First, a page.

Led by the fabulously wealthy wealthy playboy, Roger Carlyle, the Carlyle expedition departed this morning for Southampton aboard the luxury British steamship Imperial Standard.

Contrary to earlier reports, the expedition will perform research in London under the ausoices of the Penhew Foundation before continuing to Egypt nexct month.

Readers may recall the enormous party which Mr. Carlyle, now 24, gave at the Waldorf-Astoria Hotel upon reaching his majority.  Since then, scandals and indelicate behavior have become Carlyle’s trademark, but he has never become tarnished in the eyes of Manhattanites.

Members of the expedition have been reluctant to reveal their purpose in Egypt.


Renowned Egyptologist Sir Aubrey Penhew is assistant leaderof the expedition and in charge of excavations.

Dr. Robert Huston, a fashionable “Freudian” psychologist, accompanies the expedition to pursue parallel researches into ancient pictographs.

Miss Hypatia Masters, linked in the past to Carlyle, will act as photographer and archivist.

Mr. Jack Brady, intimate to Mr. Carlyle, accompanies the group as general factotum.

Additional members may be secured in London.

-NEW YORK TIMES, April 5,1919


CAIRO (AP)-Sir Aubrey Penhew, temporary spokesman for the Carlyle Expedition, indicated Monday that the leaders are taking ship to East Aftica for a well-earned rest.’  Sir Aubrey debunked rumors that the expedition had dis- covered clues to the legendary wealth of the lost mines of King Solomon, maintaining that the party was going on safari “in respite from our sandy labors.”  Roger Carlyle, wealthy New York leader of the expedition, was unavailable for comment, still suffering from his recent sunstroke.  Discussing that unfortunate incident, local experts declared Egypt entirely too hot for Anglo-Saxons at this time of year, and suggested that the young American had not been well-served by his democratic enthusiasm, rumored to have led him to personally wield pick and shovel.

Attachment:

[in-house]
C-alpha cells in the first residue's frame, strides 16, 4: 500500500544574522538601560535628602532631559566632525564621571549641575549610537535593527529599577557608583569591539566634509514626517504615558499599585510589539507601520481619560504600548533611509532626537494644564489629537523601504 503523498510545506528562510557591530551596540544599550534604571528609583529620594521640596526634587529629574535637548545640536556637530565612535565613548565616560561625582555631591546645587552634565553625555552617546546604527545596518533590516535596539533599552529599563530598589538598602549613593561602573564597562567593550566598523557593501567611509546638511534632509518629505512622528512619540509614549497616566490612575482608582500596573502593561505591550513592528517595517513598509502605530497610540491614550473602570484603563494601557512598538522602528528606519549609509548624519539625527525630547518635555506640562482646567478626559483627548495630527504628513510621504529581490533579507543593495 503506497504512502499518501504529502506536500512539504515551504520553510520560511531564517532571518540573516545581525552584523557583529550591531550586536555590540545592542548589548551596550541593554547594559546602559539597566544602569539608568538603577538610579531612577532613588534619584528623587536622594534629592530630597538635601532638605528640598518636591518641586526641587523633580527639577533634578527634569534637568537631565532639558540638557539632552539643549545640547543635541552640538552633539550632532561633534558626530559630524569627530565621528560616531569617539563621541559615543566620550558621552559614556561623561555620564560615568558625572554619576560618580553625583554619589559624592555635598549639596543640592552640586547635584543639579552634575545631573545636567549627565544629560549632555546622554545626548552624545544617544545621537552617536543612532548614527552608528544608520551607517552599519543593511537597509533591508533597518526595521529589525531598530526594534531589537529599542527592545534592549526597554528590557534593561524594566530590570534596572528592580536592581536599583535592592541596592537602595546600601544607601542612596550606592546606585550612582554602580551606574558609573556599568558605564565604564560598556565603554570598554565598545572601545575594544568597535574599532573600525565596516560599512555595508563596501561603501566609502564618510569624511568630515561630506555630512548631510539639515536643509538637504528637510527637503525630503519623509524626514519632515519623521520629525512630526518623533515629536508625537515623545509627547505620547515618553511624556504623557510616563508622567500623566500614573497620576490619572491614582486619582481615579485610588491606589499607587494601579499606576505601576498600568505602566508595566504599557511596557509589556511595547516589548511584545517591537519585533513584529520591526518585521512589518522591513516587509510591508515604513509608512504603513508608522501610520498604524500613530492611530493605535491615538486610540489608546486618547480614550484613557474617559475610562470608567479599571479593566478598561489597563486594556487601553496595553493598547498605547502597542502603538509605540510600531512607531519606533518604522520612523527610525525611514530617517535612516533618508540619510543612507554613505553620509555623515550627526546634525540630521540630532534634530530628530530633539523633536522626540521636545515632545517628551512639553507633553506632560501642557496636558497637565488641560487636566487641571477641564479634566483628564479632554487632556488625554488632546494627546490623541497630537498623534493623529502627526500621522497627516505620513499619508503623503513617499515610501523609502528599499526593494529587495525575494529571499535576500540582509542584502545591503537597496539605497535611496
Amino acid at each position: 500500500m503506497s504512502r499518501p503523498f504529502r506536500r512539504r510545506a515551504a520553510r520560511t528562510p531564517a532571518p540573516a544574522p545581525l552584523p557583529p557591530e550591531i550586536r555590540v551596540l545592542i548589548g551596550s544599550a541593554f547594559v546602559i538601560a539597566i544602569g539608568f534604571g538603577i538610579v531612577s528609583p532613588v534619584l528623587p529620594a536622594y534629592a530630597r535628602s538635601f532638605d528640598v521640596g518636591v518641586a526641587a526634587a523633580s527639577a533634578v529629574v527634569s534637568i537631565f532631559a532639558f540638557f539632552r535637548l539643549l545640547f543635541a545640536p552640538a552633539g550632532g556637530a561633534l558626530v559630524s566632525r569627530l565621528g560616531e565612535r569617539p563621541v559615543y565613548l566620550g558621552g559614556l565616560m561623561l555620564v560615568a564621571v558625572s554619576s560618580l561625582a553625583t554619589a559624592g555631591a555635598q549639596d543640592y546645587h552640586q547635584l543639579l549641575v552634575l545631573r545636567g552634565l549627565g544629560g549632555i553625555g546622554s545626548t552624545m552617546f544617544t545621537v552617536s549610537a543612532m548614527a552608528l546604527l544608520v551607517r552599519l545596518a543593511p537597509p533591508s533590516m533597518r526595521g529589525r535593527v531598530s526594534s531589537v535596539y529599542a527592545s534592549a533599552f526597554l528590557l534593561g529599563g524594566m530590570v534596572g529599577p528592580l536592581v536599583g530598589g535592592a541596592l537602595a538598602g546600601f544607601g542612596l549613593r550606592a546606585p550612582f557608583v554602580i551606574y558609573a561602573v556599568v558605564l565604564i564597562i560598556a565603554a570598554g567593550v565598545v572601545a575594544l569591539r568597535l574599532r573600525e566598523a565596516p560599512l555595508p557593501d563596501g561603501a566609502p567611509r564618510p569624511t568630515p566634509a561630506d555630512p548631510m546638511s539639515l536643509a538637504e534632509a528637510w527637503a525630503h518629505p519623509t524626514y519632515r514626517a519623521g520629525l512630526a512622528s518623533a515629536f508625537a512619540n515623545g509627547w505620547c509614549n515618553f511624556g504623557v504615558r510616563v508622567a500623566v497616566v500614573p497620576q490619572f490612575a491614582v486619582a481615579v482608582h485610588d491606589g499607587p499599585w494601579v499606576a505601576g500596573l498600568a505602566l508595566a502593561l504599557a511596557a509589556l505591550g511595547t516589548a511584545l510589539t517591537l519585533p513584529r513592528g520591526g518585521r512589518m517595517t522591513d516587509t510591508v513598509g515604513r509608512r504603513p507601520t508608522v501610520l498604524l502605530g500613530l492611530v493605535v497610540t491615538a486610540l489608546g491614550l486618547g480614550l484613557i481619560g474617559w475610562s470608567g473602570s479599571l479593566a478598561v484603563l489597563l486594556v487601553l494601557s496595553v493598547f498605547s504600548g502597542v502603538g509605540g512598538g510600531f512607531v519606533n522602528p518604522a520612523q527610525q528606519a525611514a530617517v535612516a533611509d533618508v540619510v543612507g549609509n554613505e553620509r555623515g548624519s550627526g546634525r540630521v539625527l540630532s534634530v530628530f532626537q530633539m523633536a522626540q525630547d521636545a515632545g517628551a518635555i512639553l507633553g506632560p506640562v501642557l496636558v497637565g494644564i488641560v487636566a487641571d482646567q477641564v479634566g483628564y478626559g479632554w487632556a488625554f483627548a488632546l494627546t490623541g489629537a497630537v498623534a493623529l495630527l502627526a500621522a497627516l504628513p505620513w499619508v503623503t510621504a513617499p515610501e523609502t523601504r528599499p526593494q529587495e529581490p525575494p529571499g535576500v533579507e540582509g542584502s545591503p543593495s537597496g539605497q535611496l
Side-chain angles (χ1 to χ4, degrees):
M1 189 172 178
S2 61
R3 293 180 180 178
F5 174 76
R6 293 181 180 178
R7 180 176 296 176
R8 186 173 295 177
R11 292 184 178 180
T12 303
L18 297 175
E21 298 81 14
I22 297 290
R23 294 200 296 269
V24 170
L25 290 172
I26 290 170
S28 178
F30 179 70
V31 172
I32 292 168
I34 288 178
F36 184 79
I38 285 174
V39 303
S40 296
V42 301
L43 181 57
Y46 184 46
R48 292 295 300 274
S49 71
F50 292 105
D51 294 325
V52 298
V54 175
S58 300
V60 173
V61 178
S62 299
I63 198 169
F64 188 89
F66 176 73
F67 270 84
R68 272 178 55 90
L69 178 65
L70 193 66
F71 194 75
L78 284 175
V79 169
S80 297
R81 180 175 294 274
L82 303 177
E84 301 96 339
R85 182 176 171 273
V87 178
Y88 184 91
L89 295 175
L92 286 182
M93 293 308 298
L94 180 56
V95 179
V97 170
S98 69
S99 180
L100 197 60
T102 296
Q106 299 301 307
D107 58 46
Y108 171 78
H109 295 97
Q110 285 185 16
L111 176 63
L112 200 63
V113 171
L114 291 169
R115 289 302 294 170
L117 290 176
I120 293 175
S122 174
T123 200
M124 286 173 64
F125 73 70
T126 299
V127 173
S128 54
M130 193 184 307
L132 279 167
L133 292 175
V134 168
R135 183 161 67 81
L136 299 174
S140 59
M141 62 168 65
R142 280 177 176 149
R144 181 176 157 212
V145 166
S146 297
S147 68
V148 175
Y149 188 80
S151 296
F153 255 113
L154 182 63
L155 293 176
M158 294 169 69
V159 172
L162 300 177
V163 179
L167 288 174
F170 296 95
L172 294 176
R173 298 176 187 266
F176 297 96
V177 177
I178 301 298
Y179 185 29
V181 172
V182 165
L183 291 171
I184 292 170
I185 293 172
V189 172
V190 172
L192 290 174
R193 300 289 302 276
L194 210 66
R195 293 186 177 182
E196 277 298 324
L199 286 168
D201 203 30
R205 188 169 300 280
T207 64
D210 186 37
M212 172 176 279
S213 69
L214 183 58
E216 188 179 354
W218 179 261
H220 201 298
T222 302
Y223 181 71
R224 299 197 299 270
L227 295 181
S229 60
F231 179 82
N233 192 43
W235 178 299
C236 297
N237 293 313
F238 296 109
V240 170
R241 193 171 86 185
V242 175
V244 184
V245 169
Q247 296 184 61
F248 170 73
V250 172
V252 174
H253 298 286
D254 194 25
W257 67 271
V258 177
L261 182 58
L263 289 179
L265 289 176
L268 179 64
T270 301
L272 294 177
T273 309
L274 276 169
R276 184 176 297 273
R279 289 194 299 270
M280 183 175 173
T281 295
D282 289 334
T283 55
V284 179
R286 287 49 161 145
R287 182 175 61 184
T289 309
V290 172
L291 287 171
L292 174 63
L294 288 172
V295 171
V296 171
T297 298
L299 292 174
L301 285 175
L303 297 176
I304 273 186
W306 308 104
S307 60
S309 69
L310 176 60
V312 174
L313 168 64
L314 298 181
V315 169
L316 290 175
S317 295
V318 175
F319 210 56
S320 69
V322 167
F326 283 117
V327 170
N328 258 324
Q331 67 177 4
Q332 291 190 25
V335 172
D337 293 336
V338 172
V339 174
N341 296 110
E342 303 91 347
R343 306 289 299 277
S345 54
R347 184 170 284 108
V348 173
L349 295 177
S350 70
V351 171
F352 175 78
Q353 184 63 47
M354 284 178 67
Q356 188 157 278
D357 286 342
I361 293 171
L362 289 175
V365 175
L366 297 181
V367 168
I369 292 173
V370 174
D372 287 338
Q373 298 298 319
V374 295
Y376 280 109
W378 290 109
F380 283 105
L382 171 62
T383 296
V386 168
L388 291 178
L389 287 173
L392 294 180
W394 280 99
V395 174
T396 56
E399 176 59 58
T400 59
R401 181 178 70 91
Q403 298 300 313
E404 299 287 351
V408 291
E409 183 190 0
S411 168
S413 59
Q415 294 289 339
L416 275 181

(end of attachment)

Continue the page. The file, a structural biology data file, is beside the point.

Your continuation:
-NEW YORK TIMES, July 3,1919


MOMBASA (Reuters) – Leading members of an American archeological expedition arrived here on holiday from digs in Egypt’s Nile Valley.

Our Under-Secretary, Mr. Royston Whittingdon, held a welcoming dinner for them at Collingswood House, where the wit of Sir Aubrey Penhew, expedition leader, was much in evidence.

Accompanying Sir Aubrey are two Americans, youthful financier Roger Carlyle and medical doctor Robert Huston.

The party leaves inland tomorrow, for Nairobi and hunting.

-NEW YORK TIMES, July 24,1919


MOMBASA (Reuters) – Uplands police representatives today asked for public assistance concerning the disappearance of the Carlyle expedition.  No word of the party has been received in nearly two months.